Who’s going to pay for health insurance, life insurance, vehicle insurance, buildings and contents insurance, after you get your grey divorce? If your spouse pays everything now, you need to prepare for the responsibility to fall on your shoulders once your grey divorce is finalized. It’s a good move to find out now how much each premium is going to cost you so you can budget for it.
LIVING WITHIN YOUR MEANS
Lifestyle changes are almost inevitable once you’re divorced and can no longer rely on your spouse’s income and support. This means things you’ve taken for granted – like your cable TV package, or shopping sprees or regular meet-ups with friends – might have to be cut back to take into account the new reality of your financial situation. Having a finance professional to help you understand what you can and can’t afford after a grey divorce will be crucial.
KEEPING YOUR FRIENDSHIPS GOING
It can be tempting to hide away during a grey divorce. You might not want to face the words of pity from friends, and you might think you can’t afford to go out on social occasions to see them. But it’s important to maintain your friendships and some semblance of a social life. It’s still possible to go out and have fun and meet new people during a grey divorce. And true friends will stick with you, no matter what.
Why is the Divorce Rate Important to you?
Individuals going through a separation might be interested in divorce statistics for various reasons. Here are few:
Understanding Trends: Divorce statistics can provide insight into societal trends and patterns. These trends might influence an individual’s decision-making process or provide a broader perspective on the prevalence and outcomes of divorce.
- Comparative Analysis: Statistics can offer a comparison point for individuals. For example, understanding the average age of divorce, the common reasons for divorce, or the average duration of marriages before divorce might provide some context to their situation.
Preparation: Understanding divorce statistics might help an individual prepare for divorce. For example, statistics about the length of the divorce process, the cost, or the likely division of assets could provide helpful information for planning.
Support: Recognizing that divorce is a common experience can offer emotional support. It can help individuals feel less alone and realize that many others have navigated the same challenges.
Policy Understanding: Divorce statistics can highlight how divorce laws and policies affect societal trends. This understanding might be necessary for individuals interested in advocacy work or those navigating divorce proceedings.
Counselling and Advice: For those seeking or offering advice related to separation and divorce – such as counsellors, therapists, and legal advisors – divorce statistics can provide a valuable backdrop for understanding the experiences of different demographics.
Divorce statistics can offer separating individuals a better understanding of their situation within a broader societal context, help in their preparation and decision-making, and provide some comfort through a challenging life even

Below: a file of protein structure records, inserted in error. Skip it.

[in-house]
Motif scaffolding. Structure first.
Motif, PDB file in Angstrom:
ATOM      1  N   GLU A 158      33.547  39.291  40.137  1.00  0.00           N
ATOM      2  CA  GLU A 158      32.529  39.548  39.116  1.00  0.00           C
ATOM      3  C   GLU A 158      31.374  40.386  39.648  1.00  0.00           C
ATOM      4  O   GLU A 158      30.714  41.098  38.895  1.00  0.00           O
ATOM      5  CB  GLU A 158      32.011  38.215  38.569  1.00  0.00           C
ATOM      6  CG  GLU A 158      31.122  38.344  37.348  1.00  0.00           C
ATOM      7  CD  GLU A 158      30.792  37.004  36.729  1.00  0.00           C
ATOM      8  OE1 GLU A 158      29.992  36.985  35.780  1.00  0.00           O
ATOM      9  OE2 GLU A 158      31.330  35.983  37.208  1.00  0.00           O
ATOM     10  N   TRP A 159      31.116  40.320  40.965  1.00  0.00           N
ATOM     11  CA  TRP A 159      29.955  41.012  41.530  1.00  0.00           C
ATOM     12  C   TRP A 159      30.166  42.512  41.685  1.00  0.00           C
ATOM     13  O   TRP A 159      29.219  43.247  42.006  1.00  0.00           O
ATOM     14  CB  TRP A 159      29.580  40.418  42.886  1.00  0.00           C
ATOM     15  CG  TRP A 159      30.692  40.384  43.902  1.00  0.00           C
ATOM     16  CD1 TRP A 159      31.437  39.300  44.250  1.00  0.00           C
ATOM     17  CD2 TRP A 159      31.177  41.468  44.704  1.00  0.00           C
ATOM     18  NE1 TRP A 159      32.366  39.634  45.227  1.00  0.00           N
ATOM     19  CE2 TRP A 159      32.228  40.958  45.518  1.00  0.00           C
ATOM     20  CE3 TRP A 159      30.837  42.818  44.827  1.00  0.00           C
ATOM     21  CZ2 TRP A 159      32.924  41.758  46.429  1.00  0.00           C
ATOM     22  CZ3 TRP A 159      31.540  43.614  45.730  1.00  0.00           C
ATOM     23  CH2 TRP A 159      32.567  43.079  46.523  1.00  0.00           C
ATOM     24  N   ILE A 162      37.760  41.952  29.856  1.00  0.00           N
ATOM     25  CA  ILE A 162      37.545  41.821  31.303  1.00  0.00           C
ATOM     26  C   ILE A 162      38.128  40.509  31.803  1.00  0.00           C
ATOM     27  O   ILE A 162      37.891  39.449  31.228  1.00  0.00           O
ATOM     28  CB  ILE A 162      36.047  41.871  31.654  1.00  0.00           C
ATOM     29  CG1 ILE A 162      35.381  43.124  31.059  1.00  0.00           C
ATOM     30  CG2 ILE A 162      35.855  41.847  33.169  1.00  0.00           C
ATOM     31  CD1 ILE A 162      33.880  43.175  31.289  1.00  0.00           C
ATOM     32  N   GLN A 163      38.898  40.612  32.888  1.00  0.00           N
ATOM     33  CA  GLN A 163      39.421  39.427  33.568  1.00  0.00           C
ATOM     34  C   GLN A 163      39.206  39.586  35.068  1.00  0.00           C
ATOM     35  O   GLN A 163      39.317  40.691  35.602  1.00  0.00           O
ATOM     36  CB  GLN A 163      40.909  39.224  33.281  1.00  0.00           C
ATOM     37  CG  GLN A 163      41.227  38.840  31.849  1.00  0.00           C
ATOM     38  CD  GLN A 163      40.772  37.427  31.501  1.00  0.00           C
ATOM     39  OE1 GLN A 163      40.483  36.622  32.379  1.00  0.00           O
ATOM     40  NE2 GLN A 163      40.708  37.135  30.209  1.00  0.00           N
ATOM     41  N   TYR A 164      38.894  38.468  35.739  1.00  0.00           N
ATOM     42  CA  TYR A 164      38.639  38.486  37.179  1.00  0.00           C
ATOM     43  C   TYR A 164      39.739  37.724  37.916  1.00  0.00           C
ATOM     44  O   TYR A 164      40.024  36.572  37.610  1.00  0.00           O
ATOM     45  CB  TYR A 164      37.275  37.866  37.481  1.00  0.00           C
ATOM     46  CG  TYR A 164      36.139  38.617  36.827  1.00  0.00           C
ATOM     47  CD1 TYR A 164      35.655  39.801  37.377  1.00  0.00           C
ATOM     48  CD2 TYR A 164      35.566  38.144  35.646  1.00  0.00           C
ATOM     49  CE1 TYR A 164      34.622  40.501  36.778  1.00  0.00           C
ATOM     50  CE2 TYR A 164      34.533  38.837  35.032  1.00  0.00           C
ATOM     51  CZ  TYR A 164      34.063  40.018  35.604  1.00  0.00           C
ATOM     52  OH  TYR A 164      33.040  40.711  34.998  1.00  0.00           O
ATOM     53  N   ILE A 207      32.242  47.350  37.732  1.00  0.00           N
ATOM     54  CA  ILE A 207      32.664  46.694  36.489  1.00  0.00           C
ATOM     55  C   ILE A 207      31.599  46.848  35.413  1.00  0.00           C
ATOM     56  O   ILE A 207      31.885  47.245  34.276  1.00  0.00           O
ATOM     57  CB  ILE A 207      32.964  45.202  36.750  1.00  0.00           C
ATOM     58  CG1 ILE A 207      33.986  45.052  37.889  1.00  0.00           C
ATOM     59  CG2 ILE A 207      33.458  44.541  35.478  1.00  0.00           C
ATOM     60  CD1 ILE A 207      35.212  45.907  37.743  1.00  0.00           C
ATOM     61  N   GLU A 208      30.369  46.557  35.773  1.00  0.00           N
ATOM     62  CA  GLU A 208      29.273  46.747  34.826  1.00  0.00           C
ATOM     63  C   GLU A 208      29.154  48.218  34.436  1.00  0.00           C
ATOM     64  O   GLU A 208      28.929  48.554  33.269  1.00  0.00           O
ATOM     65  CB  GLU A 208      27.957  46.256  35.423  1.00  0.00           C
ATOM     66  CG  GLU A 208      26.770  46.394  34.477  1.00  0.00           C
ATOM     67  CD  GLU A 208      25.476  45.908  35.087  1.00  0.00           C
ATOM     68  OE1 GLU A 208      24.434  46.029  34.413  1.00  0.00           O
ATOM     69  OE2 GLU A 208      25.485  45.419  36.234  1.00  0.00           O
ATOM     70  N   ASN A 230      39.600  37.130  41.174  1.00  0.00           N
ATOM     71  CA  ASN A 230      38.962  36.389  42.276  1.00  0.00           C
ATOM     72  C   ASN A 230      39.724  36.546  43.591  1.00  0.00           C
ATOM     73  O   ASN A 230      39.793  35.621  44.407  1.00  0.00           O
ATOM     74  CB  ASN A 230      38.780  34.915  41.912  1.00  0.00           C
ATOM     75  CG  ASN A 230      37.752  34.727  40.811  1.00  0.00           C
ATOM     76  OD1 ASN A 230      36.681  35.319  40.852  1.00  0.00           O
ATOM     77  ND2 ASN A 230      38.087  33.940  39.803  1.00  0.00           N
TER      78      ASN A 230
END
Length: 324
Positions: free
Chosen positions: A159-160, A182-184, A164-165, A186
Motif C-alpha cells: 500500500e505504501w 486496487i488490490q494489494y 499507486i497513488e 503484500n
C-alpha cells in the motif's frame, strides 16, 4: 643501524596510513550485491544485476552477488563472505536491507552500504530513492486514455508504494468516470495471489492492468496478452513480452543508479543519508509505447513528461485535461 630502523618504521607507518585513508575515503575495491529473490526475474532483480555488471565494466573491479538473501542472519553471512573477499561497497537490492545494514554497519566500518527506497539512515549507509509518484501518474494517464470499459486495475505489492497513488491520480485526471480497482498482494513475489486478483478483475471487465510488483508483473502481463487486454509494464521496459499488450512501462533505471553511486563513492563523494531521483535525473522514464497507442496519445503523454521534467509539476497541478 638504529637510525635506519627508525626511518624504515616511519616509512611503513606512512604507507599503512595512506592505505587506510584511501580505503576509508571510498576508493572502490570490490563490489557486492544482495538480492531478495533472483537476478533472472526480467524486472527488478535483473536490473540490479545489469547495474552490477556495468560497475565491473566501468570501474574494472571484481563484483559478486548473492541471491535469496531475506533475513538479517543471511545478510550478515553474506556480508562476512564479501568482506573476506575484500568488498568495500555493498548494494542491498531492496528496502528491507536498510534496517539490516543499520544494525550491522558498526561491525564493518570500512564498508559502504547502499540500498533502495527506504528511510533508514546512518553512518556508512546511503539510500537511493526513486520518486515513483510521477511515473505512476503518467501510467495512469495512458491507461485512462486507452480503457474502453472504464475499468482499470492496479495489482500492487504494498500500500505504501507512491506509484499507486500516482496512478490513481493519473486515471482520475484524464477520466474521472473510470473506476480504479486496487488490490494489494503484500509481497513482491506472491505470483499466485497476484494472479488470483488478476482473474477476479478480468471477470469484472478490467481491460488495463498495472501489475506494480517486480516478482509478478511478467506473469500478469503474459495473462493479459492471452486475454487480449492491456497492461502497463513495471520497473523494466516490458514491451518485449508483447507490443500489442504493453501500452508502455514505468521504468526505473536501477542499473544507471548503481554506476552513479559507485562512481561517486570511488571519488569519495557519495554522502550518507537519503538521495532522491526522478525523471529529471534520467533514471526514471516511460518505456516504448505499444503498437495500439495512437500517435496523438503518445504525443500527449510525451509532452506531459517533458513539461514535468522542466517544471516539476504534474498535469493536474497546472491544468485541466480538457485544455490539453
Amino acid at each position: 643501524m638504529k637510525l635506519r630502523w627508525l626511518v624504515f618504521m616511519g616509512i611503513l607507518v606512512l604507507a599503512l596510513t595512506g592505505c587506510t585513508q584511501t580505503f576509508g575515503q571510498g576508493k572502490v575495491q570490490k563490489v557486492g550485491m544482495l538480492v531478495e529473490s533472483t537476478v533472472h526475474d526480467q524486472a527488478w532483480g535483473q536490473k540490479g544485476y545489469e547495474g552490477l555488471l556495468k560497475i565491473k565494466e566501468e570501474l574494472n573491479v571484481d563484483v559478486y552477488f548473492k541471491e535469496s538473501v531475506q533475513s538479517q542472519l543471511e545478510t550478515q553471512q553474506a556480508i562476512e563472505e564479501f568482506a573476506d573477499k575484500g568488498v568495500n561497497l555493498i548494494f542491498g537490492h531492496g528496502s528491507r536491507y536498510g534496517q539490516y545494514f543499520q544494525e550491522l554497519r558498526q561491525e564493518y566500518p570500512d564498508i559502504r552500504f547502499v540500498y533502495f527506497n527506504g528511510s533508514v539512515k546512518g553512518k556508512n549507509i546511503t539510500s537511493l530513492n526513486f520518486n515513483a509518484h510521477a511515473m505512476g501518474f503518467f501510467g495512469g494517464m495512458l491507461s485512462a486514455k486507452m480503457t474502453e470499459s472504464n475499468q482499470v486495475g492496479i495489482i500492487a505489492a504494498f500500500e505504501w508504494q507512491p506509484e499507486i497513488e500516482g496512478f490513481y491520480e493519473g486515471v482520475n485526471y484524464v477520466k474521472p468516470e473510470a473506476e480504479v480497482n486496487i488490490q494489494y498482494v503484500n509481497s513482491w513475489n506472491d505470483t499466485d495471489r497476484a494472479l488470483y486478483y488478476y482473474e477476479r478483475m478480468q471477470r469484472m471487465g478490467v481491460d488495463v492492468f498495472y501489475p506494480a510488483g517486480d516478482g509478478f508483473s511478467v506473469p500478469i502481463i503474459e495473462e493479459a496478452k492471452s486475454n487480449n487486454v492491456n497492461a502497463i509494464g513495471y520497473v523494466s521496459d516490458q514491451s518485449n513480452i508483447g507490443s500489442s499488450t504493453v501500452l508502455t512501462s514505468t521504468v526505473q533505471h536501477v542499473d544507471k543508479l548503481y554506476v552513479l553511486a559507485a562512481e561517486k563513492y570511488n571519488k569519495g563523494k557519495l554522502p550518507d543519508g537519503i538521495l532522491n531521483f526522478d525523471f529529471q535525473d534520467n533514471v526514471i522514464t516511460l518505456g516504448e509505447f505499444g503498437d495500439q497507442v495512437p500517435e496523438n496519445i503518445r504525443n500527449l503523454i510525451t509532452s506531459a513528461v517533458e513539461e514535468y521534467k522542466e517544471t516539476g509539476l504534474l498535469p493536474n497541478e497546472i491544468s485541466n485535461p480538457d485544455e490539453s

Navigating the complexities of separation can be a daunting experience. With my expertise as both a Mediator and a Certified Divorce Financial Analyst (CDFA), I am here to support you through this challenging time. My unique Soft Landing Settlement Method focuses on creating a fair and amicable resolution that addresses your situation’s financial and emotional aspects, ensuring a smoother transition for all parties involved.
By utilizing my Soft Landing Settlement Method, we can work collaboratively to create a tailored plan that meets the needs and goals of both spouses. This approach fosters a positive and respectful environment, facilitating a more efficient and less contentious settlement process. With my guidance, you can feel confident in your decisions and better prepared for the next chapter of your life.
Take the first step towards a more secure and peaceful future by scheduling a Get Acquainted Call with me today. During our call, we can discuss your specific circumstances and explore how my services can support you during this critical time.
Ready to embrace a brighter future? Click the button below to schedule your Get Acquainted Call now.
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The Naked Divorce Filer: Divorce Application
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About Naked Divorce Filer
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Always a personal touch
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Hi, my name is Ken Maynard.
I am a family court survivor, Family Mediator and Certified Divorce Financial Analyst (CDFA). For 10 years now I have been helping separating couples find their Soft Landing. I look forward to working you.
Ken Maynard CDFA, Acc.FM
I help smart and successful couples, create separation agreements with clarity and soft landings for secure futures, in 4 meetings or less without all the lawyer created overwhelming conflicts, confusion and costs. You can work with me by video conference or with a DTSW associate at any of our 6 DTSW Greater Toronto mediation centers, including | Aurora | Barrie | North York | Vaughan | Mississauga | Scarborough.
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Ken Maynard CDFA, Acc.FMhttps://divorcethesmartway.ca/author/wardman/May 23, 2023